We know that the COVID-19 pandemic has posed immense challenges to countless businesses in the retail space. However, it’s also become increasingly clear that as much as the high street has suffered, and as many companies as there are that have experienced true difficulty, a number of retailers have also thrived in the online space. According to MarketWatch in fact, UK retail sales have actually risen in recent months, despite a worsening coronavirus situation. This has been attributed in part to early Christmas shopping that brought about retail spikes in October and November. But much of that shopping took place online, where — naturally — retail activity hasn’t slowed nearly as much as it has in person.
The clear reason for the success of online retail is that consumers are able to make purchases from the safety of their own homes. Beyond this primary explanation though, it’s also worth considering what some online retail companies have done to make things easier for consumers amidst the coronavirus pandemic. The following are four examples of companies that stand out in this regard.
Some companies with robust online operations have done a wonderful job of keeping consumers interested by way of offering coupons and promotions. And this has been a particularly appealing example. We actually highlighted Habitat discounts of his nature back in the summer of 2019, well before the pandemic was even known to us. To the company’s credit though, it had similar offerings throughout much of 2020 (and even as of this writing in early 2021 is offering 30% discounts!). Granted, not every retailer is in a position to provide these kinds of perks. But those that have been able to have been met with consumer enthusiasm, and particularly in the case of Habitat the idea of discounted products has been very nice indeed. It is only natural for consumers stuck at home to start thinking about ways to upgrade their interior space, and affordable furnishing and home décor that can be ordered online make for excellent options.
Very is more of a general retailer without a specific niche or specialty. Nevertheless, it has done an excellent job of catering to consumer needs throughout the ongoing coronavirus crisis. In part, this is through discount and coupon offerings similar to those just discussed with regard to Habitat. Additionally though, Very has made online shopping more appealing to at-home consumers by way of easy shipping and lenient return policies. As is described in a write-up on Groupon, Very offers cheap and efficient delivery, easy package tracking, and — perhaps most importantly — a “28 Day Approval Guarantee” that gives customers four weeks to return goods for a full refund. The idea that purchases can be evaluated in the comfort of our own home and returned for this length of time puts some consumers at ease with the idea of online shopping, and has undoubtedly helped to incentivize more business during COVID-19.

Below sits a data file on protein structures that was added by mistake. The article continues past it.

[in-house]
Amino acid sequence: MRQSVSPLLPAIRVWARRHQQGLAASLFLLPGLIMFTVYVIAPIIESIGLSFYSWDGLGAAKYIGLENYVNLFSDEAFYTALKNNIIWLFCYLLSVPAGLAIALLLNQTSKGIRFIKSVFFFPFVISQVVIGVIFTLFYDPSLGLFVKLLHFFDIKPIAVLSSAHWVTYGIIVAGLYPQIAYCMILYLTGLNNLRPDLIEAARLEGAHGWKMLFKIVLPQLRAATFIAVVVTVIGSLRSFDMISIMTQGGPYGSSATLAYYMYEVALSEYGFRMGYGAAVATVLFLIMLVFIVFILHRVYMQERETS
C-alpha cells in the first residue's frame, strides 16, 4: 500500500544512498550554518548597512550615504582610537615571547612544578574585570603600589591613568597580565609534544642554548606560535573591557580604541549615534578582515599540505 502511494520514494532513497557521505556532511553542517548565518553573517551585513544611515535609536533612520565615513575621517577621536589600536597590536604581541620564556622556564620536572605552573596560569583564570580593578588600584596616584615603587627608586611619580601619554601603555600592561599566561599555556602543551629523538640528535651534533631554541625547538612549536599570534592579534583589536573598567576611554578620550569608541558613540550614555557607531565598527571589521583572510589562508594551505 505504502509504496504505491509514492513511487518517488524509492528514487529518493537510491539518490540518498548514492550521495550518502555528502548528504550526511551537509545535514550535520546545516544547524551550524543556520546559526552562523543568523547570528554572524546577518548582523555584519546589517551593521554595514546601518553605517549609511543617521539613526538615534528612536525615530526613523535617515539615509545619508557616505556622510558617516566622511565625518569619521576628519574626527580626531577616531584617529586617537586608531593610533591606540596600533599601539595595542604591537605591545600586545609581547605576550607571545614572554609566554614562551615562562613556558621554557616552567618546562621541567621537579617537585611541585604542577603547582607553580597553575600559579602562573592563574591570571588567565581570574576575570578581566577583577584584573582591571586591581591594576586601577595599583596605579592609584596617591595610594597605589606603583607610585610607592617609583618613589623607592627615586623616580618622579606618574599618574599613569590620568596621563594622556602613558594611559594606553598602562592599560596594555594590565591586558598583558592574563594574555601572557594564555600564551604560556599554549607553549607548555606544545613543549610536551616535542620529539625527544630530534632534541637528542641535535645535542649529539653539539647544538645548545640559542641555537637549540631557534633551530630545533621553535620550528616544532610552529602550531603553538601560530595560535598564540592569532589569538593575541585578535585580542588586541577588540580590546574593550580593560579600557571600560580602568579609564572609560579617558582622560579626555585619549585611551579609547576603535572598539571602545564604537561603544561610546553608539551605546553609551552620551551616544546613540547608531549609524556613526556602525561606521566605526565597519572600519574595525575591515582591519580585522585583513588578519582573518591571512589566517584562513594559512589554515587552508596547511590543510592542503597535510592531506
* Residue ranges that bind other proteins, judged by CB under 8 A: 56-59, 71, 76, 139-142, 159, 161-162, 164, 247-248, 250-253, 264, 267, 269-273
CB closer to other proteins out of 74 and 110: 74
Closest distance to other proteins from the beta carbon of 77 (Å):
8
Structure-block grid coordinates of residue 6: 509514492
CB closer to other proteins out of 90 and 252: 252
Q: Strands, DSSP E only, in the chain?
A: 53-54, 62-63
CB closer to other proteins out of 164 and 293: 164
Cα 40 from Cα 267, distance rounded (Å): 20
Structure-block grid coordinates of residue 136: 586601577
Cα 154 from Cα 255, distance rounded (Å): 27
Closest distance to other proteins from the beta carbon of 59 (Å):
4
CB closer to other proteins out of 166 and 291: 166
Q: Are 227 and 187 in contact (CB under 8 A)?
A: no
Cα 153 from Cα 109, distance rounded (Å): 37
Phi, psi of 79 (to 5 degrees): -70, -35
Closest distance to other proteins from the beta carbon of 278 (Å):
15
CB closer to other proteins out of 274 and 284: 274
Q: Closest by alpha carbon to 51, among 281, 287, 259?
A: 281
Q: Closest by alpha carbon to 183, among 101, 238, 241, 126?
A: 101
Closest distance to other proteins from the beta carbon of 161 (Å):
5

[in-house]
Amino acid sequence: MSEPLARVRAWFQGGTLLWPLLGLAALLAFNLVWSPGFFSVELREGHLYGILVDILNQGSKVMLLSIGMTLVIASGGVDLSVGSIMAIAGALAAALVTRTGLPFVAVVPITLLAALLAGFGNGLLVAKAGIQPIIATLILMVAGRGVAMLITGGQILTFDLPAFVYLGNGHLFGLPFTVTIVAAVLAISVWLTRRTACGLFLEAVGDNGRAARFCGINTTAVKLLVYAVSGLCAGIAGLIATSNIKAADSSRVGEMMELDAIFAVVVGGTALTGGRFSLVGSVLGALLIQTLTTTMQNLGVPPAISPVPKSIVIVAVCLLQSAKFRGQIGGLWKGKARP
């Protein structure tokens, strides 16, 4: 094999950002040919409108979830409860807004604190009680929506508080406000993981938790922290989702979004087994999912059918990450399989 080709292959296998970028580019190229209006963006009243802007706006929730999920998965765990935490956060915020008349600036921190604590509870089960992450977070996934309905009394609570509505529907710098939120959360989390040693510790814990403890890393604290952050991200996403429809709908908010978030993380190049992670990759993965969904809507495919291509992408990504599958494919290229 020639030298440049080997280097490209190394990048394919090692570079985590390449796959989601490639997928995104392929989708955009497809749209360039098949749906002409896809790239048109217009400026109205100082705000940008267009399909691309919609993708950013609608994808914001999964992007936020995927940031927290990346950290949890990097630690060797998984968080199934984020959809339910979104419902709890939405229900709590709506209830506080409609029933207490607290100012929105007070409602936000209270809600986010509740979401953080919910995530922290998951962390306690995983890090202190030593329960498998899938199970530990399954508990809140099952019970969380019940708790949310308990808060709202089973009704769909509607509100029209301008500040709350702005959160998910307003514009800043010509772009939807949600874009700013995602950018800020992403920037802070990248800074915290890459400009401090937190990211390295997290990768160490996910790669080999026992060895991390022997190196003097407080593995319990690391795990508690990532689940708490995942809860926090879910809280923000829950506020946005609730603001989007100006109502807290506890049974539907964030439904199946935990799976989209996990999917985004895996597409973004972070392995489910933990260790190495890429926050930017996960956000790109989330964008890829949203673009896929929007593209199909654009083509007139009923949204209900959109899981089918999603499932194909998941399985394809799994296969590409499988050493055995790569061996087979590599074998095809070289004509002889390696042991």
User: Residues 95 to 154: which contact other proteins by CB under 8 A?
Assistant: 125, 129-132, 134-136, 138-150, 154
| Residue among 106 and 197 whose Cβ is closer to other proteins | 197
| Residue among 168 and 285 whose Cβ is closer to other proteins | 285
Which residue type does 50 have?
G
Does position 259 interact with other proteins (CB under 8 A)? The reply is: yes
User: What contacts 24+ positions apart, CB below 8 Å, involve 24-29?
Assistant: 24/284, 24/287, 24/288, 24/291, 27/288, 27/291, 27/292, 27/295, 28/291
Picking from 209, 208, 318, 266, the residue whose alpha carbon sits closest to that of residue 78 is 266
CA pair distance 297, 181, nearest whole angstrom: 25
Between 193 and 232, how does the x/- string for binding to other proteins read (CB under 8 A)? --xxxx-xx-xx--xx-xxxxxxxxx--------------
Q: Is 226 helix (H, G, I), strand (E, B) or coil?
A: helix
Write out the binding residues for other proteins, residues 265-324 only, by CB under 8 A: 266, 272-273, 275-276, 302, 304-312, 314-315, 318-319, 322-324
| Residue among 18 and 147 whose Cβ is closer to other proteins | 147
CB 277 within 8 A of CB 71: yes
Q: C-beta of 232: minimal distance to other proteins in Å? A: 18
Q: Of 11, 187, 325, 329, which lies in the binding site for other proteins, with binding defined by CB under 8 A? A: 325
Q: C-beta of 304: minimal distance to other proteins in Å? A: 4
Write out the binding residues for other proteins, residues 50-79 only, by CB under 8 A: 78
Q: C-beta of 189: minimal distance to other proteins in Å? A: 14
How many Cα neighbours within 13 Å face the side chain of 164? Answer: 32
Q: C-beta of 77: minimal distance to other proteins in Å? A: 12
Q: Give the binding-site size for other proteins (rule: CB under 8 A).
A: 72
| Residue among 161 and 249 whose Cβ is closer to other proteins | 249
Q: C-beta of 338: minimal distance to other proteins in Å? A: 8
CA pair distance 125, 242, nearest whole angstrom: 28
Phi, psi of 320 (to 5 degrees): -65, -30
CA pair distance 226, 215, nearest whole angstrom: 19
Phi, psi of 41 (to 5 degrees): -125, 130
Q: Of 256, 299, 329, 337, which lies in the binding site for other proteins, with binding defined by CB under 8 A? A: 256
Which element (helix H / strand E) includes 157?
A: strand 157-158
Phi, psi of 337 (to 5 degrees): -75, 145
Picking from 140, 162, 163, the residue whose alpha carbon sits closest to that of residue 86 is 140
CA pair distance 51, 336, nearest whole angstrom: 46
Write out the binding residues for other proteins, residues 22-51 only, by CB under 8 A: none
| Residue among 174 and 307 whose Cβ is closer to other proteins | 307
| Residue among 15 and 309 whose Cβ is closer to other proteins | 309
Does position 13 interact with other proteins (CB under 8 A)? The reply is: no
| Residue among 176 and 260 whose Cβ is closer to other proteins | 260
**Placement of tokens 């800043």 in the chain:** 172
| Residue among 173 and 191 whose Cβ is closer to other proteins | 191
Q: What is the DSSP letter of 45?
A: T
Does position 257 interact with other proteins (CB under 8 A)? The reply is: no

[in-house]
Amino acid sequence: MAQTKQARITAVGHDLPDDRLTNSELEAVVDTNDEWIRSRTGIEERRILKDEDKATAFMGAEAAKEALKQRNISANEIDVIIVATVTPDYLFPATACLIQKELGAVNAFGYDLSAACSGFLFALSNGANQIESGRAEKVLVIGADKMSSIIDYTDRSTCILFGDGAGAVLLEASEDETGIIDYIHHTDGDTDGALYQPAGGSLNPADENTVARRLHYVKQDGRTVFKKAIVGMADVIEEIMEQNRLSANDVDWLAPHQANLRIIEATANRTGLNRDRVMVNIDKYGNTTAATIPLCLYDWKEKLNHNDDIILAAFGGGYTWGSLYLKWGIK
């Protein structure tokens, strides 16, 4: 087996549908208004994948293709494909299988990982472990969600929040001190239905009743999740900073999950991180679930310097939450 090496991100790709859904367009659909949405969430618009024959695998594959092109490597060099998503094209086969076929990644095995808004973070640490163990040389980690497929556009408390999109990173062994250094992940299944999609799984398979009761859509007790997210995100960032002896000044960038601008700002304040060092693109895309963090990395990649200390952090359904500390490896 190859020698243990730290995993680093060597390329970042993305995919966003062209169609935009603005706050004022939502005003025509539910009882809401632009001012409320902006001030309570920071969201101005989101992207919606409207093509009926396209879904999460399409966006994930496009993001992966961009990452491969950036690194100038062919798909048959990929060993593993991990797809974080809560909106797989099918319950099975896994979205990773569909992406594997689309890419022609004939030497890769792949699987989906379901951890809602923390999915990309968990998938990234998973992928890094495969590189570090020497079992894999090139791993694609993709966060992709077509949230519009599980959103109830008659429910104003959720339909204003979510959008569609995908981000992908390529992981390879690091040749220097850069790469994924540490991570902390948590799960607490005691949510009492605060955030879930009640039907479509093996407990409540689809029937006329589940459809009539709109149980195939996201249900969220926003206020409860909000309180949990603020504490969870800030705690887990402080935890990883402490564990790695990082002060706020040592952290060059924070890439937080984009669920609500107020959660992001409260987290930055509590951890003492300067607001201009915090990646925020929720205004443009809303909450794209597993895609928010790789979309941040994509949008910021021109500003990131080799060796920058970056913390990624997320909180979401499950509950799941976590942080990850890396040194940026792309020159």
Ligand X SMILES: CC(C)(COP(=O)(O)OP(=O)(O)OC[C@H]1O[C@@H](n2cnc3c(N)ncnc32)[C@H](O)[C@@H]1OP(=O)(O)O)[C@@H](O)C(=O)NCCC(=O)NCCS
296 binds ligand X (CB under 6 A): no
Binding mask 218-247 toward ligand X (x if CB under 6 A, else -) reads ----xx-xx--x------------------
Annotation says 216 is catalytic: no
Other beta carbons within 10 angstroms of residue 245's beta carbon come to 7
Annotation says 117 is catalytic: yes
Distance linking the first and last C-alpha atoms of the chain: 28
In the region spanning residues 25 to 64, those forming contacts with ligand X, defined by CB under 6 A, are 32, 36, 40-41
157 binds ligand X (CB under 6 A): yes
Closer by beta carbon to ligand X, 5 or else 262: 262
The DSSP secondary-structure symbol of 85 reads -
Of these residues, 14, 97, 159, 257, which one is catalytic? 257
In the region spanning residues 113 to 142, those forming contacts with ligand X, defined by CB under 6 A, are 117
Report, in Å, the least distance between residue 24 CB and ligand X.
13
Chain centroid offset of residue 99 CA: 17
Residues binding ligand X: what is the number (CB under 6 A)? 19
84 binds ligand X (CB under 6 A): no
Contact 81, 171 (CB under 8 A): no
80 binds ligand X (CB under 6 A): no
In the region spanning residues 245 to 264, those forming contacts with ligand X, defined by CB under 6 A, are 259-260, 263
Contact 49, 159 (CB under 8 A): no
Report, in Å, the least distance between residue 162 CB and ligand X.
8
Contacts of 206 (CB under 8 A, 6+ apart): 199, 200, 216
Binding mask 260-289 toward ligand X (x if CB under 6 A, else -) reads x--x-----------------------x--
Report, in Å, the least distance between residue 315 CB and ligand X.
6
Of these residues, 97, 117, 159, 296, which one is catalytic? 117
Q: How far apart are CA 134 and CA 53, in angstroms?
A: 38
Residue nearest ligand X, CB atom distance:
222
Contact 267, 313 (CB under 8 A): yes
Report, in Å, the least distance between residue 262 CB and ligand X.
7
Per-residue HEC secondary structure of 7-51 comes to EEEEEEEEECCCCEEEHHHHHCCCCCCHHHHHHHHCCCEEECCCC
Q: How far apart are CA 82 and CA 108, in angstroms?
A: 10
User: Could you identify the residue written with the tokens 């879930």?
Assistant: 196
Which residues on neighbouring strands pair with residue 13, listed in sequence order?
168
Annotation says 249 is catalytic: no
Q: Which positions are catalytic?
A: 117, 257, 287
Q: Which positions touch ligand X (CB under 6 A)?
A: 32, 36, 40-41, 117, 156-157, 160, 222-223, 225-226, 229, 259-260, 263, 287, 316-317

To call Gousto a “retailer” may be stretching things somewhat. Although, the more we get used to delivery grocery shopping, meal kits, and recipe boxes, the more the lines are blurring. Regardless of how we might classify this company though, the popular recipe box provider was listed by The Guardian last summer as one of a handful of companies that was actually still hiring amidst the pandemic and economic crisis. By the midpoint of 2020, Gousto had done more business than it did in all of 2019, and was creating 1,000 jobs as a result. In the process though, the company has also been making things a great deal easier for consumers who are stuck at home and intent on cooking and enjoying fresh food, rather than relying wholly on convenience foods and takeouts.
4. TK Maxx
TK Maxx may be a polarising store to make note of, given that many would rather not see large stores out-performing smaller counterparts. In the specific context of the COVID-19 economy though, there’s little debating the fact that this particular retailer has made more products more readily available for consumers. As Retail Gazette noted back in September, TK Maxx has beaten out Topshop to become the sixth-largest fashion retailer in the UK, and has done so in part by buying up and then selling the excess retail that department and high-street stores have been unable to sell. Again, long-term ramifications of this business model for small businesses may be polarising, and are worth discussing separately. For the time being though, this is one retailer that has essentially been selling products that others aren’t able to.